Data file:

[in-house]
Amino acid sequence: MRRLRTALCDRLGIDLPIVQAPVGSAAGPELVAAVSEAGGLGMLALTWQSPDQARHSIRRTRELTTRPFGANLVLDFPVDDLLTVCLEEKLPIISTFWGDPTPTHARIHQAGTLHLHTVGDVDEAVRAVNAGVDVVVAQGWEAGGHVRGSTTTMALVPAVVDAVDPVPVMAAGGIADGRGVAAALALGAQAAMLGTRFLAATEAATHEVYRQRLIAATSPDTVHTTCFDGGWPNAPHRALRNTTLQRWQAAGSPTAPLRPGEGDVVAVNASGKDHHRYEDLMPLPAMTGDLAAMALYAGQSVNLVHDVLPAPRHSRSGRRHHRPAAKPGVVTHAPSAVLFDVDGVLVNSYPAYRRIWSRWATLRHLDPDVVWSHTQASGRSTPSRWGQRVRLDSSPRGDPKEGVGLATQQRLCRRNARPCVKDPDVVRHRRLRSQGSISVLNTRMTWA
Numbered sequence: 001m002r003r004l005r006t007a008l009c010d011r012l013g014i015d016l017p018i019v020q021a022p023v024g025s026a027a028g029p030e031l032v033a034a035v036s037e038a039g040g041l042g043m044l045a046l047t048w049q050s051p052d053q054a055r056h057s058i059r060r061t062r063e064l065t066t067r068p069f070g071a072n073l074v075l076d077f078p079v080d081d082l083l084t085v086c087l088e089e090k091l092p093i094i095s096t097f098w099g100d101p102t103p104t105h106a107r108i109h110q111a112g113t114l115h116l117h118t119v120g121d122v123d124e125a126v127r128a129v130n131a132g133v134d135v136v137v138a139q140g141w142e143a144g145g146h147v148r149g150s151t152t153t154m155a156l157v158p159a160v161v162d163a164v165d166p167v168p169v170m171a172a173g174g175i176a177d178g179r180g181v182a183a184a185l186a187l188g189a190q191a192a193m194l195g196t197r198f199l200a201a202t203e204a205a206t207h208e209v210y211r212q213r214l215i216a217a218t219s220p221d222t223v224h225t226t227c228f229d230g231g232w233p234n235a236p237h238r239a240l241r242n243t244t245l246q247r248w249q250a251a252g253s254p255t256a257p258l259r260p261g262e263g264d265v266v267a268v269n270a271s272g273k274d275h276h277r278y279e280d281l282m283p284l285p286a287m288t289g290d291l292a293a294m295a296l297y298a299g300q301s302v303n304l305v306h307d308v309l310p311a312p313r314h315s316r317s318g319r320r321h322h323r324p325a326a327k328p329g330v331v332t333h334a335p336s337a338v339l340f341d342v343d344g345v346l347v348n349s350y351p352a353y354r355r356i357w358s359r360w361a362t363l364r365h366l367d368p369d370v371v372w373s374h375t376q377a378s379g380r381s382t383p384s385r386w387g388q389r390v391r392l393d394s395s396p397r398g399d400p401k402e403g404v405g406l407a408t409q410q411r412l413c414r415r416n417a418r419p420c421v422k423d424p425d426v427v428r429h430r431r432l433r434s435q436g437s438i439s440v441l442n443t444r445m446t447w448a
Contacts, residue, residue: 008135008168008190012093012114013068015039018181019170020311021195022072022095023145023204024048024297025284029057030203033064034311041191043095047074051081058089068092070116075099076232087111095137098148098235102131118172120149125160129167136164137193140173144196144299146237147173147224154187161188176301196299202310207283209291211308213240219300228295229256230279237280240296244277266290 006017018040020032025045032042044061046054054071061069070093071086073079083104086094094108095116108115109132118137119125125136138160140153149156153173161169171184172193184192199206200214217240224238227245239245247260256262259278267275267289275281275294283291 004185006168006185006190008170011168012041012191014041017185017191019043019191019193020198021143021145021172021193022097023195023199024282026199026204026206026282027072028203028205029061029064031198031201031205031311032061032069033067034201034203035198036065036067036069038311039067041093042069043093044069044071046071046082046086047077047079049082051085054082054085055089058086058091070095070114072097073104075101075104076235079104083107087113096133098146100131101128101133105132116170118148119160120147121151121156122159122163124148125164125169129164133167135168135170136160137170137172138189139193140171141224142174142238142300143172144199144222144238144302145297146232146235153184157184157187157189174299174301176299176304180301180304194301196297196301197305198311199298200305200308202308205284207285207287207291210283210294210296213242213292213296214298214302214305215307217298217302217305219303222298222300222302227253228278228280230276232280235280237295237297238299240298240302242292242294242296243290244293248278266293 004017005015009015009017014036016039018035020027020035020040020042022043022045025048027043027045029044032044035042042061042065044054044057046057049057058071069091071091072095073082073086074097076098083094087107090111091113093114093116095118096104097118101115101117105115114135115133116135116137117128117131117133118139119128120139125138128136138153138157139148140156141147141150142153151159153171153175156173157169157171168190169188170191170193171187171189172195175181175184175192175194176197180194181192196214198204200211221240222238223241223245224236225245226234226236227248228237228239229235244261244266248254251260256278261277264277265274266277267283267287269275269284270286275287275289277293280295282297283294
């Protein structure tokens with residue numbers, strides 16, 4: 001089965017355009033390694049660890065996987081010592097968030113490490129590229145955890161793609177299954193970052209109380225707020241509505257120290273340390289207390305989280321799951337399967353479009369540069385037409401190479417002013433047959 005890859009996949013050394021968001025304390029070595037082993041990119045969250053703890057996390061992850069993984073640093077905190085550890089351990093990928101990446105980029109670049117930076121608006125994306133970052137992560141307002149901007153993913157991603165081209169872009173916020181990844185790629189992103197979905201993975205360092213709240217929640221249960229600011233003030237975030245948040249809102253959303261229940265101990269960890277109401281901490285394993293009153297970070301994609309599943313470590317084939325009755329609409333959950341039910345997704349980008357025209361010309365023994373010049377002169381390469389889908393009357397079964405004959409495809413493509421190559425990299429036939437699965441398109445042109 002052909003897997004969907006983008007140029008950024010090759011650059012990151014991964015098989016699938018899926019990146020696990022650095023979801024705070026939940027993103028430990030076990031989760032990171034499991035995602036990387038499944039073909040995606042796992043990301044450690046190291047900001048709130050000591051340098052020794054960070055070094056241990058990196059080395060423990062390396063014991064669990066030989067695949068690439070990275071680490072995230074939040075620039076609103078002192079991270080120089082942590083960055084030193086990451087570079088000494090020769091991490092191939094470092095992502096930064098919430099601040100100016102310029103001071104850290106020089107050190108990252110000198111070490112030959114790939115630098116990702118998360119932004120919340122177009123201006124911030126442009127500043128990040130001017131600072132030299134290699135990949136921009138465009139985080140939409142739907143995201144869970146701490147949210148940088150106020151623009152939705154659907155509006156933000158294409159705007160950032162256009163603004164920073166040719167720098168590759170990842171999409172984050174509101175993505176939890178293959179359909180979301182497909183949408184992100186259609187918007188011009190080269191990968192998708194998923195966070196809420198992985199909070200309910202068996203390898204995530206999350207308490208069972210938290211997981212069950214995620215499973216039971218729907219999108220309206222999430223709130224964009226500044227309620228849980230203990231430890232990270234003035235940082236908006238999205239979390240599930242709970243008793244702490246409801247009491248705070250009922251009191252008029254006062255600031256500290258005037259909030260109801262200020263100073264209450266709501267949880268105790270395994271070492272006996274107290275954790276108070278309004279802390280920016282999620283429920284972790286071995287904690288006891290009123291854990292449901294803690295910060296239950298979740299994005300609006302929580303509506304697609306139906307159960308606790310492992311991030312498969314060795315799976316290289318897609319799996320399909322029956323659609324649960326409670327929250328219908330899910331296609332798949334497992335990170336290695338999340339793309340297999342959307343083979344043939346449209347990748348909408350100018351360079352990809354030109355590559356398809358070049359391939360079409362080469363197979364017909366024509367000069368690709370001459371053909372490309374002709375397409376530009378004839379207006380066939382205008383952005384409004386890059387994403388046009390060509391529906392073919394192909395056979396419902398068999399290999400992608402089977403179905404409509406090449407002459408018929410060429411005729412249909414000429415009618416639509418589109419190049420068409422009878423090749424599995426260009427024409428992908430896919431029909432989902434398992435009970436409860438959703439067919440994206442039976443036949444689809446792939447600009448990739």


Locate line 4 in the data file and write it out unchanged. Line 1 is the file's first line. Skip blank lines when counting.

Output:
Contacts, residue, residue: 008135008168008190012093012114013068015039018181019170020311021195022072022095023145023204024048024297025284029057030203033064034311041191043095047074051081058089068092070116075099076232087111095137098148098235102131118172120149125160129167136164137193140173144196144299146237147173147224154187161188176301196299202310207283209291211308213240219300228295229256230279237280240296244277266290 006017018040020032025045032042044061046054054071061069070093071086073079083104086094094108095116108115109132118137119125125136138160140153149156153173161169171184172193184192199206200214217240224238227245239245247260256262259278267275267289275281275294283291 004185006168006185006190008170011168012041012191014041017185017191019043019191019193020198021143021145021172021193022097023195023199024282026199026204026206026282027072028203028205029061029064031198031201031205031311032061032069033067034201034203035198036065036067036069038311039067041093042069043093044069044071046071046082046086047077047079049082051085054082054085055089058086058091070095070114072097073104075101075104076235079104083107087113096133098146100131101128101133105132116170118148119160120147121151121156122159122163124148125164125169129164133167135168135170136160137170137172138189139193140171141224142174142238142300143172144199144222144238144302145297146232146235153184157184157187157189174299174301176299176304180301180304194301196297196301197305198311199298200305200308202308205284207285207287207291210283210294210296213242213292213296214298214302214305215307217298217302217305219303222298222300222302227253228278228280230276232280235280237295237297238299240298240302242292242294242296243290244293248278266293 004017005015009015009017014036016039018035020027020035020040020042022043022045025048027043027045029044032044035042042061042065044054044057046057049057058071069091071091072095073082073086074097076098083094087107090111091113093114093116095118096104097118101115101117105115114135115133116135116137117128117131117133118139119128120139125138128136138153138157139148140156141147141150142153151159153171153175156173157169157171168190169188170191170193171187171189172195175181175184175192175194176197180194181192196214198204200211221240222238223241223245224236225245226234226236227248228237228239229235244261244266248254251260256278261277264277265274266277267283267287269275269284270286275287275289277293280295282297283294